In my first search project (in 1978!) the president of a manufacturing company told me he wanted to hire someone as a plant manager who had 10-15 years experience in the field, a technical degree, be results oriented and have strong communication skills. I told him this was not a job description it was a person description.

I then suggested we put the person description into the parking lot and asked him what the person needed to do to be considered successful over the next 1-2 years. He told me, “Turn the plant around!” We then took a walk through the plant and found 6-7 major changes that person had to make to convert the plant into a profitable and competitive business. For example, one of the projects was to reduce scrap by 15% in the major processing line, another one involved insuring shipments were delivered on time and a third focused on dramatically improving labor performance. Clarifying expectations upfront this way ensured there were no surprises about the job when a person started.

Since 1978, I’ve prepared well over 1,500 performance-based job descriptions like this for different roles ranging from YMCA camp counselors, call center reps, engineers in all fields, seasoned and entry-level sales reps, recent college grads, managers, directors, VPs, general managers and CEOs for small and big companies in all functions. They all start by asking the hiring manager this question, “What does the person need to do be to be successful?”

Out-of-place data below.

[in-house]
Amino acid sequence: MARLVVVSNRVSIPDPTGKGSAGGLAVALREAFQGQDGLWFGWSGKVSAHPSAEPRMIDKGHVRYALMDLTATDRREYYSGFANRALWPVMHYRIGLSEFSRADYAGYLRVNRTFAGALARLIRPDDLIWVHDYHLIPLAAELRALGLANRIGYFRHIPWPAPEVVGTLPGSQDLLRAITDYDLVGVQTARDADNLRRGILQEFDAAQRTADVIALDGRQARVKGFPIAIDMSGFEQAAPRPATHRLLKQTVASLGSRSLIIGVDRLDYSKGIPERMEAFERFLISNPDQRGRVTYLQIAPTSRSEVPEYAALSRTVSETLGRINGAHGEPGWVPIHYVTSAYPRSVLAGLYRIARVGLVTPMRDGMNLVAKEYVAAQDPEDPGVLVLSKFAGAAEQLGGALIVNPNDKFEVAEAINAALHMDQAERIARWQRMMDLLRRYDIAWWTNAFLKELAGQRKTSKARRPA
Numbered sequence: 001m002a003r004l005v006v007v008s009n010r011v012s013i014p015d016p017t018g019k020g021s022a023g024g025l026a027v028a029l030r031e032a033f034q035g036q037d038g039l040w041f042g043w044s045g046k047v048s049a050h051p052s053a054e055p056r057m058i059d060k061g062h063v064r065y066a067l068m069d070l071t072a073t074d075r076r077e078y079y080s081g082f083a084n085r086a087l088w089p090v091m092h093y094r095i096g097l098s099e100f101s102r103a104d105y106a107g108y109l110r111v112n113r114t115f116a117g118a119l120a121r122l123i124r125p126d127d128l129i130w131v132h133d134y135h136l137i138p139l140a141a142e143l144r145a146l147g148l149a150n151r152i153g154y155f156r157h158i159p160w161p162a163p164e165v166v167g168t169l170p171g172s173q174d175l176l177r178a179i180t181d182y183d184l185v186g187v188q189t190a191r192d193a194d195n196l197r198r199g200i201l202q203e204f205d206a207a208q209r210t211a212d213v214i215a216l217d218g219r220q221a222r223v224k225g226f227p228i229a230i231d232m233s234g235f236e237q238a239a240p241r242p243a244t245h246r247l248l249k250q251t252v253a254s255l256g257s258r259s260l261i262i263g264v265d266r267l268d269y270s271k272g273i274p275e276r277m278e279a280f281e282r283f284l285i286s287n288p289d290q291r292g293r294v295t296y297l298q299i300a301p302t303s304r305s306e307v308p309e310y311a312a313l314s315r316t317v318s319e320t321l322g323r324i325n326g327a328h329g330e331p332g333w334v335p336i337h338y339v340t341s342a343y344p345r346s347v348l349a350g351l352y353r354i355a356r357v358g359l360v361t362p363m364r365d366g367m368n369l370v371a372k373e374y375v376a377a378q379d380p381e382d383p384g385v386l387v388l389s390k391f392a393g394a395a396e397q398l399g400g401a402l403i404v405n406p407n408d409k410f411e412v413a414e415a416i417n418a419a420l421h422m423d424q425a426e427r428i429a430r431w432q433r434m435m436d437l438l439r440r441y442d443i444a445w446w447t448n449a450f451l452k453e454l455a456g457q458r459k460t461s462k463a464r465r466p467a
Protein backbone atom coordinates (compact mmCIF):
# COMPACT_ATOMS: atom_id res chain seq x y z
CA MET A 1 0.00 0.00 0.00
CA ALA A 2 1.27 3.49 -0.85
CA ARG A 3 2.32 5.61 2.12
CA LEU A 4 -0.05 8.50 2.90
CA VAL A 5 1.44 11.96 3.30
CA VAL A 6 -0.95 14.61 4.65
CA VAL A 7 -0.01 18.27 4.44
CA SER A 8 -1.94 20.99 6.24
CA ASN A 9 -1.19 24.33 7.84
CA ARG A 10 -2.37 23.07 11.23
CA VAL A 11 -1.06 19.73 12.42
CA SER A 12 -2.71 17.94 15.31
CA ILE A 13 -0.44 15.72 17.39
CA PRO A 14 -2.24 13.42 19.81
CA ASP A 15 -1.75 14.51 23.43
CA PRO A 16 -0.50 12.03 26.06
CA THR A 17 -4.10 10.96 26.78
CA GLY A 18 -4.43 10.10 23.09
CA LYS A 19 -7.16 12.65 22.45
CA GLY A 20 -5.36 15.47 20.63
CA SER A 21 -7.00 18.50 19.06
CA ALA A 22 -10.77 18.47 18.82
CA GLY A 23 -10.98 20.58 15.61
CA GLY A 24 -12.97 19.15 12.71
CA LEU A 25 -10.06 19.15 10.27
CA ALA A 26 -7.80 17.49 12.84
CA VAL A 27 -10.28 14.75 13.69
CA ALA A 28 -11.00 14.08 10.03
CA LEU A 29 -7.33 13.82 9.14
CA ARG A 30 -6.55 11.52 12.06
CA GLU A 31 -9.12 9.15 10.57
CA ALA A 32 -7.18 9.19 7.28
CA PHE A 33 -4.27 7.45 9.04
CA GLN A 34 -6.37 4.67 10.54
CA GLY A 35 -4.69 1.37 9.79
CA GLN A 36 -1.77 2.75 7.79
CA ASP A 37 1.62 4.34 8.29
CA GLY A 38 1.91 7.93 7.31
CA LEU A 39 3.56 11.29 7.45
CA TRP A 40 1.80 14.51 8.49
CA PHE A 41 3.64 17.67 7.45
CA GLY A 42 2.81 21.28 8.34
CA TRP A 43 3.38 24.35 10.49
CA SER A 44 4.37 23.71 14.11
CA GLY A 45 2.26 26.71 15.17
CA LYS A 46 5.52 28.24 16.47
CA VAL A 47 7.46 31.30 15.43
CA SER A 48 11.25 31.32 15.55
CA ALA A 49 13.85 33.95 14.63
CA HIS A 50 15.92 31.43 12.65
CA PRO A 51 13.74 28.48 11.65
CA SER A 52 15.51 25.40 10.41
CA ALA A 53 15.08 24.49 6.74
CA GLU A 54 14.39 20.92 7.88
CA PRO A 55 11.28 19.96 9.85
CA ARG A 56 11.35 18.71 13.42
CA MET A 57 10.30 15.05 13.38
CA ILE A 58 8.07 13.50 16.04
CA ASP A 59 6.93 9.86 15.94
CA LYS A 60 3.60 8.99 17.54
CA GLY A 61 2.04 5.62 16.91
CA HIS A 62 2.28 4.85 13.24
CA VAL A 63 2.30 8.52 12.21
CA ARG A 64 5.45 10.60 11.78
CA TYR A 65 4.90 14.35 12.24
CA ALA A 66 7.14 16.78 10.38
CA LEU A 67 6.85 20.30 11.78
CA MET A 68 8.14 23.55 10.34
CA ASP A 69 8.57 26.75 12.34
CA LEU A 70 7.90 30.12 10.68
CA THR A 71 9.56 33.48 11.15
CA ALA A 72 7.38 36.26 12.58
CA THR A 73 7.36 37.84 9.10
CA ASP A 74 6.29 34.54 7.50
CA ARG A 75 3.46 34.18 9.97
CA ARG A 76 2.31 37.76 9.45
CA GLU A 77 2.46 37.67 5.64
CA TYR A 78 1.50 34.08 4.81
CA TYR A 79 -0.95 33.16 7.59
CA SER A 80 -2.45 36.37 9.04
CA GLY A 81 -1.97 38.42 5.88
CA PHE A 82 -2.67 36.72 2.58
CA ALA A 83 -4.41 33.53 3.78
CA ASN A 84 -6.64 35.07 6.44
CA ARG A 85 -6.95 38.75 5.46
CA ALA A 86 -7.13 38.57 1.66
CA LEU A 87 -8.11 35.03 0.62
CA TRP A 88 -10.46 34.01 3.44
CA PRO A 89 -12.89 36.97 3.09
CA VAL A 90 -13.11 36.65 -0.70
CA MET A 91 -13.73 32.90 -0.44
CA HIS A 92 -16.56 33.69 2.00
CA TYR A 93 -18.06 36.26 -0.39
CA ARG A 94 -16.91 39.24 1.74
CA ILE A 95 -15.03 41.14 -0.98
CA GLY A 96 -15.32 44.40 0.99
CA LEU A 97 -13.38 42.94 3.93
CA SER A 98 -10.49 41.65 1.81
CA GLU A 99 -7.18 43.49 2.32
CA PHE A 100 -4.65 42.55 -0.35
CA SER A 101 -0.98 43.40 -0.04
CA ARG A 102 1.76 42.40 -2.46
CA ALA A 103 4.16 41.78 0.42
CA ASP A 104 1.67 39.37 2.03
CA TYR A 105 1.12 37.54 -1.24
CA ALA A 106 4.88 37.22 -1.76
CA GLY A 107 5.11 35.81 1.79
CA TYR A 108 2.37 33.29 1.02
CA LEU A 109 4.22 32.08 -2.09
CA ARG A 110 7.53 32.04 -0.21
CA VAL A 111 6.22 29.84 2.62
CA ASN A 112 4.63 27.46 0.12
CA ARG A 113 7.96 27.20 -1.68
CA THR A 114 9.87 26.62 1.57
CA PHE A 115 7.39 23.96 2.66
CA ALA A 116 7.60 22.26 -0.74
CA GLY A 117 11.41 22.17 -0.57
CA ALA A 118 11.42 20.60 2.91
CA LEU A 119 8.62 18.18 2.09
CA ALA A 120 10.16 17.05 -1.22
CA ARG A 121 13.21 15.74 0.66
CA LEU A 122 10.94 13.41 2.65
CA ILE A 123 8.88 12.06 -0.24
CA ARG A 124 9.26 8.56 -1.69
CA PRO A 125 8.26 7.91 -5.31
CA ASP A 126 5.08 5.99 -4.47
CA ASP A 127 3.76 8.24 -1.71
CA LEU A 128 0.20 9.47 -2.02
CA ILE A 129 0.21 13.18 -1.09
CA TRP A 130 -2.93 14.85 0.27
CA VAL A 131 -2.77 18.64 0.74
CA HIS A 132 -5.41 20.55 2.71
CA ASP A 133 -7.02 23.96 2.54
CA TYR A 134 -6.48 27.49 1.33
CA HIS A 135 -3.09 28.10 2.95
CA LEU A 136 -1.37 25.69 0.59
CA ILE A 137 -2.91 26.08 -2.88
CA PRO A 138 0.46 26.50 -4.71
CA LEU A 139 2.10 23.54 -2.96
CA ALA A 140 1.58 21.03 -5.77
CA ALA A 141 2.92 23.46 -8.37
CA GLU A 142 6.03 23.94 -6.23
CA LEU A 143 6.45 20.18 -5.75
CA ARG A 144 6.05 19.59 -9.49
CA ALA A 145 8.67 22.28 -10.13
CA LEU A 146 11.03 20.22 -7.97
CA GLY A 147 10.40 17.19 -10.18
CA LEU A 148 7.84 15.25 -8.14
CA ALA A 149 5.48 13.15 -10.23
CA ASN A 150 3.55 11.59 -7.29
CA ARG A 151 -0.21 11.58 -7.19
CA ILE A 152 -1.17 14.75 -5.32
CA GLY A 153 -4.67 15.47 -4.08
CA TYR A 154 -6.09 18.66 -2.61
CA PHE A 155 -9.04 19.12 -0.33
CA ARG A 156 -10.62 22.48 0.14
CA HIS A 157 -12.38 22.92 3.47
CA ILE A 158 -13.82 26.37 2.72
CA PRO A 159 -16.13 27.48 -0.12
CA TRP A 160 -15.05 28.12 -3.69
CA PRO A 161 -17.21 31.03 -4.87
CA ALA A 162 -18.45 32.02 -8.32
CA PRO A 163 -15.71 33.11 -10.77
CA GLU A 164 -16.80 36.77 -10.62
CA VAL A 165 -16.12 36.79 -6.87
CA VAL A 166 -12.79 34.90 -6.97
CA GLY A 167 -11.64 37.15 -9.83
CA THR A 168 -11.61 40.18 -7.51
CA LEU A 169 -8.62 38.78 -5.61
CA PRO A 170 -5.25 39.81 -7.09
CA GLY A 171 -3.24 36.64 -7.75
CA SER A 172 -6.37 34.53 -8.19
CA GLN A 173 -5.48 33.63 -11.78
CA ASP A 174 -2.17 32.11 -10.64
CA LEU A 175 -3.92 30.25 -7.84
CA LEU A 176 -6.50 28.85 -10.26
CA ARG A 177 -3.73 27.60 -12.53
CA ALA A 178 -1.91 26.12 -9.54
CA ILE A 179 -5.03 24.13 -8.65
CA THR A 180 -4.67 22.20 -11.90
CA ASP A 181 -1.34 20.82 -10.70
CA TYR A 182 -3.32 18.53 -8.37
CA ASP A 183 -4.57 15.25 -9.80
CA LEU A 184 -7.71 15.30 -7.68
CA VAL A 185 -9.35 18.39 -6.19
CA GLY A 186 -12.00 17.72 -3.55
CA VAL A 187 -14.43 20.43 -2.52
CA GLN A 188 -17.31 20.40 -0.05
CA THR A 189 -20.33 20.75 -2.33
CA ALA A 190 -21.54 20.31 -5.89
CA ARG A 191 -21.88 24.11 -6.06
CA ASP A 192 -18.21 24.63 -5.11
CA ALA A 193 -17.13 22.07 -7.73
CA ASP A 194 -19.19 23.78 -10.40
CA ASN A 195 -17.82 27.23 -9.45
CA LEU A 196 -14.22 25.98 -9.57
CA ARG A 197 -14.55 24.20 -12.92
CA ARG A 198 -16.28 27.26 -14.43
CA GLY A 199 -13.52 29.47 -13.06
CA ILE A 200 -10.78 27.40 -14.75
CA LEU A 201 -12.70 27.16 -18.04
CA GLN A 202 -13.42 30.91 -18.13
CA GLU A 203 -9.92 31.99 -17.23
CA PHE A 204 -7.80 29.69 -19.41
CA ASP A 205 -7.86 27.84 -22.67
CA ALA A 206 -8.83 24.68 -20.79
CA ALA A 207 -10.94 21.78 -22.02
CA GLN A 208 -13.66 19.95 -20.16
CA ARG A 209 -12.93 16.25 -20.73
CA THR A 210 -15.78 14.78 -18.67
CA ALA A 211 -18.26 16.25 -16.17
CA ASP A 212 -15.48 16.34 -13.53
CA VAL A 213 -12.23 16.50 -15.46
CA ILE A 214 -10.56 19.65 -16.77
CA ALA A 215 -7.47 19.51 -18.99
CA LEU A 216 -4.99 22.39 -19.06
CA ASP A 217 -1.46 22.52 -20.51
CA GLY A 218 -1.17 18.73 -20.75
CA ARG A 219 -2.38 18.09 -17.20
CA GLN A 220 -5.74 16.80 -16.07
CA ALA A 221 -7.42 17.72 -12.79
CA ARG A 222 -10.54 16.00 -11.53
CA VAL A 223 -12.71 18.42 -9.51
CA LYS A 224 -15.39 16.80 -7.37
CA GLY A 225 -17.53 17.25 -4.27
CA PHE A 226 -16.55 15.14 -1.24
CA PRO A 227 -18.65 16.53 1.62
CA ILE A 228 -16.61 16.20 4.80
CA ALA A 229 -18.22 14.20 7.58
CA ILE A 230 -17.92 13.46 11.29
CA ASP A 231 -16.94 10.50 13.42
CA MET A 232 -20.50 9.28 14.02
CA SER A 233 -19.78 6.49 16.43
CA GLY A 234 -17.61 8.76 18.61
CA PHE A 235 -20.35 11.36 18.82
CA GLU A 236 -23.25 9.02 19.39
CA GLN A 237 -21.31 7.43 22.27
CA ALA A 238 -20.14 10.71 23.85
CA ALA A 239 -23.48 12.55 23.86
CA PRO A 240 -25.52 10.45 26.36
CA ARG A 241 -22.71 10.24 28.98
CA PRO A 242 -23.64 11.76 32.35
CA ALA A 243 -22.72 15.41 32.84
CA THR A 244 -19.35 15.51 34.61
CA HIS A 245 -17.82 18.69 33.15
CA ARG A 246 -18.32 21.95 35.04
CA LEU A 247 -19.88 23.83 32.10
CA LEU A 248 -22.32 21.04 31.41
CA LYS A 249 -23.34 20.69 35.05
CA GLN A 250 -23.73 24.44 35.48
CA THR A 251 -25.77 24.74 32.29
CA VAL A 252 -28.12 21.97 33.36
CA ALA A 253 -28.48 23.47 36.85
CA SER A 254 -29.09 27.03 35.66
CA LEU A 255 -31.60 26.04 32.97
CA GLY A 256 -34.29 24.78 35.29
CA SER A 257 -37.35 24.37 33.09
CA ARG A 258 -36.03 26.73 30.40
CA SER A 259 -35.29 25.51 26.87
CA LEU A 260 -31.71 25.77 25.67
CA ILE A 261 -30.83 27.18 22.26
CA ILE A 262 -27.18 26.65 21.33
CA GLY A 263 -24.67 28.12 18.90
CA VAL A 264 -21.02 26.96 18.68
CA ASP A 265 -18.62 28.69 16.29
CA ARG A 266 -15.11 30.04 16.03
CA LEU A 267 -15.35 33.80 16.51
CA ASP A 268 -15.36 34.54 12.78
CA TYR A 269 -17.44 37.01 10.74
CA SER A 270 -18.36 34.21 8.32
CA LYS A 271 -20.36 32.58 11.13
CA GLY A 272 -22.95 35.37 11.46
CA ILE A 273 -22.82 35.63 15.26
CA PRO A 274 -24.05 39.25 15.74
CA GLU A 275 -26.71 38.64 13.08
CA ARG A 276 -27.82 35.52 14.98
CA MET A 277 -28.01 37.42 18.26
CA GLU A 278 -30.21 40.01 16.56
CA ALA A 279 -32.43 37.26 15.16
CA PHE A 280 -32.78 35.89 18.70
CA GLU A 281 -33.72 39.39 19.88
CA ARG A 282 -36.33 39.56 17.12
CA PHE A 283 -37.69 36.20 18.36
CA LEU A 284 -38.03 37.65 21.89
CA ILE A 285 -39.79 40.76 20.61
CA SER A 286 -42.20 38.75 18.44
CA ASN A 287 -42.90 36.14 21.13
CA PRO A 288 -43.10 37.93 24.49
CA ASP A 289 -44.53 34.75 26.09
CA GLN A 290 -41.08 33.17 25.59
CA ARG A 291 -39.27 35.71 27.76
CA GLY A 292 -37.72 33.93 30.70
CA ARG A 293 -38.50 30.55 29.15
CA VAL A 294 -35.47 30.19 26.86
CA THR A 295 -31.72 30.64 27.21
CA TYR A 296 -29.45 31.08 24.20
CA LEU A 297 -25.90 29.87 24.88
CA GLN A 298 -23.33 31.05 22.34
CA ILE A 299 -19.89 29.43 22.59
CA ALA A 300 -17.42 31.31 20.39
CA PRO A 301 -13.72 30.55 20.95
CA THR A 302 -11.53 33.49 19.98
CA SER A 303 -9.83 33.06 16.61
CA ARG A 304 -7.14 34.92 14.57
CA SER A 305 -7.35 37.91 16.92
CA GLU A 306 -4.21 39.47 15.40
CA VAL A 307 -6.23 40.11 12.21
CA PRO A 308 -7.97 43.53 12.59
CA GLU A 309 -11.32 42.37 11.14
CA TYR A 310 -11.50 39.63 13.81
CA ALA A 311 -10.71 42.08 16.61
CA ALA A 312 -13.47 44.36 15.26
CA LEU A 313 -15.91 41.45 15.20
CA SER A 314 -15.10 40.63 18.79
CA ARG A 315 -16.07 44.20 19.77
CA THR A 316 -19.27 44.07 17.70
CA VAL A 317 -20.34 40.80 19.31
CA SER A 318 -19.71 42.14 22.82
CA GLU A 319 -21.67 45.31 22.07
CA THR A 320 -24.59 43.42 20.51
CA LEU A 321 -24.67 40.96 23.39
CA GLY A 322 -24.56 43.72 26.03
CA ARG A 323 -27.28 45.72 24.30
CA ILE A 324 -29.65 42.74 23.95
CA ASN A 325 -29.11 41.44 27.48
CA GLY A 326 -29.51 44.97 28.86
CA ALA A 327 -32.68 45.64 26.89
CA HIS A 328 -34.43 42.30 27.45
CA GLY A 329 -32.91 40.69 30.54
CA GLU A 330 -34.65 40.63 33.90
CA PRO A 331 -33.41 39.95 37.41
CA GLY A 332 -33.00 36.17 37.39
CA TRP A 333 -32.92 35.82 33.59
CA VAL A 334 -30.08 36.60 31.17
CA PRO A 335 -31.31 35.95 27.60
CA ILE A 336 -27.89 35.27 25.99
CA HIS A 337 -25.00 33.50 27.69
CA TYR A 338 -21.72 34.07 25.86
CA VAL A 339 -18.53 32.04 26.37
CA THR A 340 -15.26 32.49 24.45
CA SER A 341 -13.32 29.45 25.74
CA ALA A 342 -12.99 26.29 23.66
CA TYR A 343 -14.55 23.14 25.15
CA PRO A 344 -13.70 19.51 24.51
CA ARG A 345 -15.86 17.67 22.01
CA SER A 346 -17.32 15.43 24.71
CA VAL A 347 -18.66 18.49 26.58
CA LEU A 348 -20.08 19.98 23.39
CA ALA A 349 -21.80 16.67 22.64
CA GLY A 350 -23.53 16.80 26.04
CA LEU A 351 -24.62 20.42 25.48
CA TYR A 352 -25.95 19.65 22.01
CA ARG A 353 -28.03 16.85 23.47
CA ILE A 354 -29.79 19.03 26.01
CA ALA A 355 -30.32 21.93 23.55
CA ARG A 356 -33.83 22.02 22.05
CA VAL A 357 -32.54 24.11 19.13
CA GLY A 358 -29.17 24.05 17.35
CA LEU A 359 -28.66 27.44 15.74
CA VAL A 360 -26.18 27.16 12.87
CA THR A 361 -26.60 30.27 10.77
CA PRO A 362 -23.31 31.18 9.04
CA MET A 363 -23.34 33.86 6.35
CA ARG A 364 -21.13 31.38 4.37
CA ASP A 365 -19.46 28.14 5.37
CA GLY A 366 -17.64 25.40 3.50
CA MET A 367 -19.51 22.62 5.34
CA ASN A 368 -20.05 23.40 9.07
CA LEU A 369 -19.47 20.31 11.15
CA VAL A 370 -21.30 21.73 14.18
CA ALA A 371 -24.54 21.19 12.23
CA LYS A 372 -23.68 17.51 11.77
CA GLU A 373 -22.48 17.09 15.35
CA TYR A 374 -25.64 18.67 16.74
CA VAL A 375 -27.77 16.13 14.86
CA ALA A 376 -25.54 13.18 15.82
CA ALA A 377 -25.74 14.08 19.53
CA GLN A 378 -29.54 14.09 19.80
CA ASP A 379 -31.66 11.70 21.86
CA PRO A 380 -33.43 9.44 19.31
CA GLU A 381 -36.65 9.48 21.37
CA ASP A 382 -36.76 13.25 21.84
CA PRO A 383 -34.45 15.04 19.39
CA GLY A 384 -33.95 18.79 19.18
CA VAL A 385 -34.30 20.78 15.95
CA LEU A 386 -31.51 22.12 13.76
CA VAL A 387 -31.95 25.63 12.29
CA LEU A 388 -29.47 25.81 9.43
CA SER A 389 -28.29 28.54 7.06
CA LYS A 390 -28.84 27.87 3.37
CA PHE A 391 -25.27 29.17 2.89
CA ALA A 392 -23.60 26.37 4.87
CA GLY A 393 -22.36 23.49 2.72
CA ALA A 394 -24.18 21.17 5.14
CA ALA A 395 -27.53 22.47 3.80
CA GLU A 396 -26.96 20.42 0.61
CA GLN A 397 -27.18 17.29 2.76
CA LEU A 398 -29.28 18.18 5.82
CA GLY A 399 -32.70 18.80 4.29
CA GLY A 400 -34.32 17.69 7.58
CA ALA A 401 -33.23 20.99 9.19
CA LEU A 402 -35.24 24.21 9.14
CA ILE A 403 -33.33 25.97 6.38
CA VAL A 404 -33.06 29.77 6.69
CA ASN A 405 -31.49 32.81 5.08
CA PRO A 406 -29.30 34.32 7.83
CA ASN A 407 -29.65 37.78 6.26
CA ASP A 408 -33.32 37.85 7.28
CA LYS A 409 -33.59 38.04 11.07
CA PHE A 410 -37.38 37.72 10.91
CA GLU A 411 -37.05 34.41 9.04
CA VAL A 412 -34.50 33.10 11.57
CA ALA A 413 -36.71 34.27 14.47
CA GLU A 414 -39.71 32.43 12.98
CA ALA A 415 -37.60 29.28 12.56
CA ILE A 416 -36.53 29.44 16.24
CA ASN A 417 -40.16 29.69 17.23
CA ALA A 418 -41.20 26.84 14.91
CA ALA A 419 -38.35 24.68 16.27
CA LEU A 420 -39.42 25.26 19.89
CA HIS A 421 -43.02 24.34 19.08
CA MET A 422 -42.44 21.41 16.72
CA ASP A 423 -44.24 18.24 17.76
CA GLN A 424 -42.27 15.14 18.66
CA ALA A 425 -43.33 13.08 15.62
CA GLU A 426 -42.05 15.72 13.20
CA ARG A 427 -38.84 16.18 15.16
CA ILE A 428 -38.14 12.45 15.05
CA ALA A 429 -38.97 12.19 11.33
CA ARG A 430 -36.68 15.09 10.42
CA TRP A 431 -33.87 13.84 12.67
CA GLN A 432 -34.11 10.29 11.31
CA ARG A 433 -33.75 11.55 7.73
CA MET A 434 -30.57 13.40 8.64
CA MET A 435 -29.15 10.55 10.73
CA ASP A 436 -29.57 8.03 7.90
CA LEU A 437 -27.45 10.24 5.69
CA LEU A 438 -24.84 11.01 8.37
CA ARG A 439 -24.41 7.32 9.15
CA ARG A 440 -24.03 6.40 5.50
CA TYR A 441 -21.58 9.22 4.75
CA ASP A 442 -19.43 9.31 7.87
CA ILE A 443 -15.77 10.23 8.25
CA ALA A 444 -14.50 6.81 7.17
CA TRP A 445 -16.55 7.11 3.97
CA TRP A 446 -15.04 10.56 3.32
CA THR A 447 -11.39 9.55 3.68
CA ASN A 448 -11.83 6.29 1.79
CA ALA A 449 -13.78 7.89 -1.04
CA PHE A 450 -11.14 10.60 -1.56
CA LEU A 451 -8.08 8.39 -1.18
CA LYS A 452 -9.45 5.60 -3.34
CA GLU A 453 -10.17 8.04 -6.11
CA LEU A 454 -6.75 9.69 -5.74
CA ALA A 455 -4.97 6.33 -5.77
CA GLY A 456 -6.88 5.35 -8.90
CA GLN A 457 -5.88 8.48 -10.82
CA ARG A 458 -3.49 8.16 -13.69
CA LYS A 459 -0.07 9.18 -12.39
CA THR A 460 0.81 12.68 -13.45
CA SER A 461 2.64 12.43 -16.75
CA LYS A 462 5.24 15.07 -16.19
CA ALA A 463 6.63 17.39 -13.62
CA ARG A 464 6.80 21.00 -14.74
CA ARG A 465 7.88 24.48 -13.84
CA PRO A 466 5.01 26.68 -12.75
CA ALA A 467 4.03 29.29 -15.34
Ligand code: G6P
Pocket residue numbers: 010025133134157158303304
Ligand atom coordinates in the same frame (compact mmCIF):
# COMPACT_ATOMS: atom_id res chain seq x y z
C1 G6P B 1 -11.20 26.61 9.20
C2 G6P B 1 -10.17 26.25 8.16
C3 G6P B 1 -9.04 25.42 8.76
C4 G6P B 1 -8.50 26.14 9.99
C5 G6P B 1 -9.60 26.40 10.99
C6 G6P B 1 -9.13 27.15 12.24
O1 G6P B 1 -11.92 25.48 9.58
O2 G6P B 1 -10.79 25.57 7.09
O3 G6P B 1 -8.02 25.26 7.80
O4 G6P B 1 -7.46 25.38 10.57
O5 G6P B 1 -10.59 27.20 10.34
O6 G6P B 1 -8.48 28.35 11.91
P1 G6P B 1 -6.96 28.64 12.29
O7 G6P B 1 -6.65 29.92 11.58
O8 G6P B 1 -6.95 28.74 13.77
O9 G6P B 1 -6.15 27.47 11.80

Rather than trying to convince the hiring manager the merits of this approach, I now first go to ChatGPT and ask the same question. Then I send the response to the hiring manager and ask this question, “Is this a reasonable representation of what a successful candidate needs to accomplish over the course of the first year and if not, what needs to change?” (FYI, here’s the output from ChatGPT for an account executive being used as part of a study to more accurately predict sales rep performance.)

I then ask the hiring manager if she/he will see a person who has a track of similar accomplishments even if the mix of skills and experiences is somewhat different than what’s on the job description. The answer is always the same, “Of course, why wouldn’t I?”

Over the past 40+ years and thousands of hires later it’s clear that performance and diversity are not mutually exclusive. It simply requires that job descriptions define the work that needs to done, not as the people who are doing the work.

It simply requires that job descriptions define the work that needs to done, not as the people who are doing the work.

Here’s what my friends at ChatGPT had to say about this whole idea.


Why Performance and Diversity Are Not Mutually Exclusive

In a world where diversity and inclusion are increasingly recognized as essential elements for organizational success, the concept of Performance-based Hiring offers a transformative approach to talent acquisition. This innovative hiring methodology shifts the focus from traditional metrics—such as educational background, years of experience, and generic competencies—to a candidate’s ability to achieve specific Key Performance Objectives (KPOs). By centering on what individuals can do rather than who they are, Performance-based Hiring fosters a more inclusive and equitable recruitment process, opening doors for talent across all walks of life.